UFC sponsor condemns homophobic comments

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A major sponsor of the Ultimate Fighting Championship mixed martial arts events has complained to organisers about homophobic comments made by competitors and staff.

Drinks company Anheuser-Busch said in a statement: “We’ve communicated to the UFC our displeasure with certain remarks made by some of its fighters, and they have promised to address this. If the incidents continue, we will act.”

The company, which owns Budweiser, said it “embraces diversity and does not condone insensitive and derogatory comments rooted in ethnicity, race, religion, sexual orientation, gender identity, disability, etc.”

As UFC continues to gain exposure in the US, Bud Light became a sponsor of the fights on pay-per-view and TV broadcasts, but according to Ad Age, the sponsor may take unspecified action if homophobic and sexist comments continue to be made.

Ad Age points to a letter this year from the National Center on Domestic and Sexual Violence to state lawmakers asking them to keep a ban on professional mixed martial arts in that state: “We believe that the UFC contributes to a culture of violence against women, and lesbian, gay, bisexual and transgender people.

“Children, in particular, should not be exposed to the homophobic, misogynistic and violent language that has been permitted by the UFC.”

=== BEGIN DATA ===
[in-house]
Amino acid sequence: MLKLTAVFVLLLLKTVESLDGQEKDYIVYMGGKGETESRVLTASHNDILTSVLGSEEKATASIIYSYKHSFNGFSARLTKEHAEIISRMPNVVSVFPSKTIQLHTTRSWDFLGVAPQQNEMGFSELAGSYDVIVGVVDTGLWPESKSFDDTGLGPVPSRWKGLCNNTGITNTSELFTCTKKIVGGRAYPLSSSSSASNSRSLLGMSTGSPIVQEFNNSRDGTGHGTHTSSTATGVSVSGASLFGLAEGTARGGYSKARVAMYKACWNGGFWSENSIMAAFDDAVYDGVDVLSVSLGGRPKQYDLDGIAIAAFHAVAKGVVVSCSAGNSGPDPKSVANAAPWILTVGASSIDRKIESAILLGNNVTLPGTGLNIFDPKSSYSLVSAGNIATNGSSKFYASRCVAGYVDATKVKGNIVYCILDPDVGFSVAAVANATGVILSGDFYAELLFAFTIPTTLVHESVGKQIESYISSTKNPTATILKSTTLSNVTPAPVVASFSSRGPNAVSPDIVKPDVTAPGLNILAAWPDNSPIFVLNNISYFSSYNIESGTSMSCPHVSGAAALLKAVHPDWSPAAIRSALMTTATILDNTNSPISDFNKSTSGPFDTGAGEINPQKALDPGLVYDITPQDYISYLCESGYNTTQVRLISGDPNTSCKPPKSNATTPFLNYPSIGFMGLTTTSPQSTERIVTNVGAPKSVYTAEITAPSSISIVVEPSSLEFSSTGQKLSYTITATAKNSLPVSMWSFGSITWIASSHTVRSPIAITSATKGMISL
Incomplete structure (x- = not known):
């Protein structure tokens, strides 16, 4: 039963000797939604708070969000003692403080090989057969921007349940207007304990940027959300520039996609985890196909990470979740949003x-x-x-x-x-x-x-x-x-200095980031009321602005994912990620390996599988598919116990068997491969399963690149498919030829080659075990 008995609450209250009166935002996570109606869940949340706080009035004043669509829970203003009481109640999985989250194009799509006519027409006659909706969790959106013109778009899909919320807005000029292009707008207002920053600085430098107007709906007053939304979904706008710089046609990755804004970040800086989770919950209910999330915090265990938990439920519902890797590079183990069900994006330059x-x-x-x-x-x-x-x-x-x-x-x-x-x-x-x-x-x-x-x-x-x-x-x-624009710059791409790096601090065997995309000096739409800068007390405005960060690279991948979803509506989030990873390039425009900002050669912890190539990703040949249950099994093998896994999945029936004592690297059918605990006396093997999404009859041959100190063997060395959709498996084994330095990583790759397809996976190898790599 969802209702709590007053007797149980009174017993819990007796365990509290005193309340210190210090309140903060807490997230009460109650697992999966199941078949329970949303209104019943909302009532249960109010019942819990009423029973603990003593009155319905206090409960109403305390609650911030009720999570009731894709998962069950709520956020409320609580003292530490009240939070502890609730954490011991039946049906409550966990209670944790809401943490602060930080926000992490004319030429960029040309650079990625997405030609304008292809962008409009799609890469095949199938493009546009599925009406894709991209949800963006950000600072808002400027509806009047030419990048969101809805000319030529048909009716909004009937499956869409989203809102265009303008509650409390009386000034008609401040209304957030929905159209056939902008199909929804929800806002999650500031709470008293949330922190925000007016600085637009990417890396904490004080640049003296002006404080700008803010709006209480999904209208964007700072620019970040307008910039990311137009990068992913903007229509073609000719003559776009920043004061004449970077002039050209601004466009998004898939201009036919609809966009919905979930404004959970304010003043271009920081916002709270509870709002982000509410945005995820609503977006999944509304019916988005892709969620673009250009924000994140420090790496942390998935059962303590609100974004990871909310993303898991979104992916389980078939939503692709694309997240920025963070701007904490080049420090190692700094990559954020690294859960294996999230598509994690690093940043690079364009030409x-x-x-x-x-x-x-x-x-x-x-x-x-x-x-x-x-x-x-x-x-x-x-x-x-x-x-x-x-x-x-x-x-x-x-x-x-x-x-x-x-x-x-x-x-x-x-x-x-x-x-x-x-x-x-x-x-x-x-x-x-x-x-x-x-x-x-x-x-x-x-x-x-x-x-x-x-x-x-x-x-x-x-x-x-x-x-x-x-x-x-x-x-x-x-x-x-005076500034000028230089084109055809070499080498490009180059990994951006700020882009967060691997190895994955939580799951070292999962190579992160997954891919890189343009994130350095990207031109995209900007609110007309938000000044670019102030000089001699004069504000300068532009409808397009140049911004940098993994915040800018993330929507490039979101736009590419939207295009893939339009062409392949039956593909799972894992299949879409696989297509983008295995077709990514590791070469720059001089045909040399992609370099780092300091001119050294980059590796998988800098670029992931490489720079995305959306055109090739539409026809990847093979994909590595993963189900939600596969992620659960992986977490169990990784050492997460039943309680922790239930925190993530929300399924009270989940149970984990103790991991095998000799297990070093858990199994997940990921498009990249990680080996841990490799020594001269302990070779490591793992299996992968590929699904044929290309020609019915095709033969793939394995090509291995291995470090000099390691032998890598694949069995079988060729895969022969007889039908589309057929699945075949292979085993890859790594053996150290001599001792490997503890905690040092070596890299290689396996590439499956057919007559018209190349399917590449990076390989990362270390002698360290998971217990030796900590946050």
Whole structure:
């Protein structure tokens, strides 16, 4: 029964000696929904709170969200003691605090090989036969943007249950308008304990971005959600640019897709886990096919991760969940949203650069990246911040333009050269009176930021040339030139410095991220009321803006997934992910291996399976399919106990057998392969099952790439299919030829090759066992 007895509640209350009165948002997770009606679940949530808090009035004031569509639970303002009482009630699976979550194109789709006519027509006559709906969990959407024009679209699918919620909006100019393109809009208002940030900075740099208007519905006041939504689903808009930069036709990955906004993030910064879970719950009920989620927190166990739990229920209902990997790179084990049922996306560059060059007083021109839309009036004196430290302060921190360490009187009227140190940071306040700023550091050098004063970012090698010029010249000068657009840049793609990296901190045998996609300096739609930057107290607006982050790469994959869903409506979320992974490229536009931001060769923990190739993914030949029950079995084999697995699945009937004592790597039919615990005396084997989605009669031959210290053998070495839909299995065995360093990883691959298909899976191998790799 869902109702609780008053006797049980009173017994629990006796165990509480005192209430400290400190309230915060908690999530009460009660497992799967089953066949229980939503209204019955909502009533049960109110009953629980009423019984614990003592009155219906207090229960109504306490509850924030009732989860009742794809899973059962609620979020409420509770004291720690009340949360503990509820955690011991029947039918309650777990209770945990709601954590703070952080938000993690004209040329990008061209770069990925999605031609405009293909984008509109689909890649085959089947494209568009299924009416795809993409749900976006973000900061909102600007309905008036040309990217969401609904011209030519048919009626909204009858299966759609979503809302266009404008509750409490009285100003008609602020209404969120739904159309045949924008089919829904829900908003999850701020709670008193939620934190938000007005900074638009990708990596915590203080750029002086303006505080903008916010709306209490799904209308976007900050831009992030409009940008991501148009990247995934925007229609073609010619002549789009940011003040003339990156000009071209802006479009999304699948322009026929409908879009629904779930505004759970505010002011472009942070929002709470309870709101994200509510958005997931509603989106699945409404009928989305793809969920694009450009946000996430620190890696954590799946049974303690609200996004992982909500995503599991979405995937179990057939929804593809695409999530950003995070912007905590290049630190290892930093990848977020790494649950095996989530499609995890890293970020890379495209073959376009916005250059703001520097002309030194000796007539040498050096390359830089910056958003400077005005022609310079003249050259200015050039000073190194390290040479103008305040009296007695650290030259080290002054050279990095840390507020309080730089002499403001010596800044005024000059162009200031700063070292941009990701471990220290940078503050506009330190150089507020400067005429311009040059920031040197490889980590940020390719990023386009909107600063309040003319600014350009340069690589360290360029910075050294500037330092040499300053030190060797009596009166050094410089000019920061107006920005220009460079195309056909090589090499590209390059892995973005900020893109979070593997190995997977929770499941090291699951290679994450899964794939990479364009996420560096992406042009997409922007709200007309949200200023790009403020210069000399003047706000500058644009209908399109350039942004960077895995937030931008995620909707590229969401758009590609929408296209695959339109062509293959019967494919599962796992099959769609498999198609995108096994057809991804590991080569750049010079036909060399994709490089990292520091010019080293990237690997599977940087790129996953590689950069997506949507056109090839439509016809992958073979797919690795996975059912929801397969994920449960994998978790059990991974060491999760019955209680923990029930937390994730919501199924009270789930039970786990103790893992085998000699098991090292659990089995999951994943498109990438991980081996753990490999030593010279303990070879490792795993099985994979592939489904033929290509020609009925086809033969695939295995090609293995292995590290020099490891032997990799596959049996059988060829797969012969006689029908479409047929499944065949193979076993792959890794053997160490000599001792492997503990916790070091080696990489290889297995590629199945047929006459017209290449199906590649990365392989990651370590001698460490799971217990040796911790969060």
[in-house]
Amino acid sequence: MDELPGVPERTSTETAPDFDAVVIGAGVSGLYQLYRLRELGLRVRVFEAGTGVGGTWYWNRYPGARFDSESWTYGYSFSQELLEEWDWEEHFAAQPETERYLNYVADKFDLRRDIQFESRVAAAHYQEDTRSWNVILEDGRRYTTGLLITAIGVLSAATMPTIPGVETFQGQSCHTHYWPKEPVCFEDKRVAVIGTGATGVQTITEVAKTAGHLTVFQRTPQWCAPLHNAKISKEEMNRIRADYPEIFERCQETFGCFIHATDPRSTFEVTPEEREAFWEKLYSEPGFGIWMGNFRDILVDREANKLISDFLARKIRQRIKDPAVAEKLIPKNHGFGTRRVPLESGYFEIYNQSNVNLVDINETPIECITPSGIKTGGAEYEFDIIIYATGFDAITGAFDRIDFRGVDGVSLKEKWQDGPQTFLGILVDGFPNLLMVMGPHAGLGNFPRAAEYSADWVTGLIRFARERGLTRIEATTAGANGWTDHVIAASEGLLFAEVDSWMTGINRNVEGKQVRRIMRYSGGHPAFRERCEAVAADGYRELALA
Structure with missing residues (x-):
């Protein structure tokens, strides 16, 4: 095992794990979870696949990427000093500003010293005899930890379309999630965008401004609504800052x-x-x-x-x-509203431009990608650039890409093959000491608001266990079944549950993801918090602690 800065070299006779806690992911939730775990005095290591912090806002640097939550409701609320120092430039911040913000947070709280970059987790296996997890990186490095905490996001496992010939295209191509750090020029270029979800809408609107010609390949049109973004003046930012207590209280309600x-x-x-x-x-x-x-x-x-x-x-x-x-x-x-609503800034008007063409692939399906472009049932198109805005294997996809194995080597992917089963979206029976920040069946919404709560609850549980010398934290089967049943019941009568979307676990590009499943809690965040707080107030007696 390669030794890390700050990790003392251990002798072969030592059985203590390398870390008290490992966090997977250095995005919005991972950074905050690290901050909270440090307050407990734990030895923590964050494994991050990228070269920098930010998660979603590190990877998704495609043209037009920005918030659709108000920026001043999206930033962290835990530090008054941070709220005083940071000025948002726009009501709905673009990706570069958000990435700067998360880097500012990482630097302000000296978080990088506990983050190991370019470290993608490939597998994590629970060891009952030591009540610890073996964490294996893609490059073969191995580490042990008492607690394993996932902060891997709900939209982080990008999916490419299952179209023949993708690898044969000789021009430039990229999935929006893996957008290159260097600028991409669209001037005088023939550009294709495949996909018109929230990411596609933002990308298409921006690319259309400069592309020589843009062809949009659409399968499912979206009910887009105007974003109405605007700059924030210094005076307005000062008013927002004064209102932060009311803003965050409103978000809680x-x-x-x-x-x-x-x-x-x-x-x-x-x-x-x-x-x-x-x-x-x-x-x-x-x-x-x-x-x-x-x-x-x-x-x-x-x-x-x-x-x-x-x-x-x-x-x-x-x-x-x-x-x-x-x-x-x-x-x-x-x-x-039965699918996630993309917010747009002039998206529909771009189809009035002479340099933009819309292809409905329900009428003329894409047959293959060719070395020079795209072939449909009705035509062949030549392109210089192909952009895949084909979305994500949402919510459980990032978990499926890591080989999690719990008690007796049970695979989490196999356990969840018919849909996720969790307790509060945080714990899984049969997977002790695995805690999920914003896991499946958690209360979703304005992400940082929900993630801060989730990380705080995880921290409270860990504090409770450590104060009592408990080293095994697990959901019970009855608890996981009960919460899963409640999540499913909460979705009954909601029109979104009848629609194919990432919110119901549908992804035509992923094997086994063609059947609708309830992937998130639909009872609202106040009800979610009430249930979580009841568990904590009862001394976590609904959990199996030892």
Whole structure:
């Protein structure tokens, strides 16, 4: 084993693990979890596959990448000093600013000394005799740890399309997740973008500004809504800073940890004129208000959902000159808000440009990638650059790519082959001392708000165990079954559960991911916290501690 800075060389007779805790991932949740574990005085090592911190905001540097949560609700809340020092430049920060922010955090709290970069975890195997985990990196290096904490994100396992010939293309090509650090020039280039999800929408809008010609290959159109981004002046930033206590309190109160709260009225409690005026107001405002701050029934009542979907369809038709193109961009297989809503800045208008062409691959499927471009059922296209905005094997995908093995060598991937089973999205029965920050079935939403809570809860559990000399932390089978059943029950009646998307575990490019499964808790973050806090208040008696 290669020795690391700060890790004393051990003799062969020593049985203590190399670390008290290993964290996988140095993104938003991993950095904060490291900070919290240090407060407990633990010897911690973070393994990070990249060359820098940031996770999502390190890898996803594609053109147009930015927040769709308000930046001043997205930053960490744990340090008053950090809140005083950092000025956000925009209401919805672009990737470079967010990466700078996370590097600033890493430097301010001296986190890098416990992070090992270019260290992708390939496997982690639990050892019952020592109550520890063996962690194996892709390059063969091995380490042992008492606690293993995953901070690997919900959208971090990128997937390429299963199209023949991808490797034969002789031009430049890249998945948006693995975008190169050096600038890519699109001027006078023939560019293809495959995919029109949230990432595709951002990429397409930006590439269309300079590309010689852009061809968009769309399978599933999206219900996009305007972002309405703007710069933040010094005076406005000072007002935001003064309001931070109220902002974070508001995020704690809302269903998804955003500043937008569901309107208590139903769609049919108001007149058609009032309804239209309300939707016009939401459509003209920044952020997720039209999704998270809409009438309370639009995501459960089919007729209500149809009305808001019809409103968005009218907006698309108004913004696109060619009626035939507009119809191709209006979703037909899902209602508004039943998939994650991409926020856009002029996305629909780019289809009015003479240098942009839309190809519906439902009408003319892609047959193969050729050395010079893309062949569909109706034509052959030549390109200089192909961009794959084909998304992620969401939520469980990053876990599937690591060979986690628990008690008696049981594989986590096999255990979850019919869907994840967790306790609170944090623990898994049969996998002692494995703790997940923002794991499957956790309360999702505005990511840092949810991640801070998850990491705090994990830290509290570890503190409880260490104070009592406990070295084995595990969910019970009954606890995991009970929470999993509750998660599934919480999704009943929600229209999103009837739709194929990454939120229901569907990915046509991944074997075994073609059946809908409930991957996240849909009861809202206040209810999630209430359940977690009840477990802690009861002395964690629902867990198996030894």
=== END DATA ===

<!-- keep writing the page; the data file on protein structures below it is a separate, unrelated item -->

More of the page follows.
Incidents include a video linked to from the website unfitforchildren.org, which opposes prime time UFC broadcasts, where UFC fighter Quinton “Rampage” Jackson encourages Japanese fans who do not speak English to repeat phrases including: “I’m a fag.”

Another clip shows UFC President Dana White questions a journalist’s source for a story on him and calls the source a “pussy and a faggot”.

The UFC told Ad Age: “With over 425 athletes on our roster, there have unfortunately been instances where a couple athletes have made insensitive or inappropriate comments. We don’t condone this behavior, and in no way is it reflective of the company or its values.”

In 2008, UFC competitor Shad Smith became the first openly gay fighter in the sport when he revealed his sexuality in a New York Times interview.

According to the article, Smith entered his first fight in 2000 shortly after his release from prison, where he was serving time for carjacking.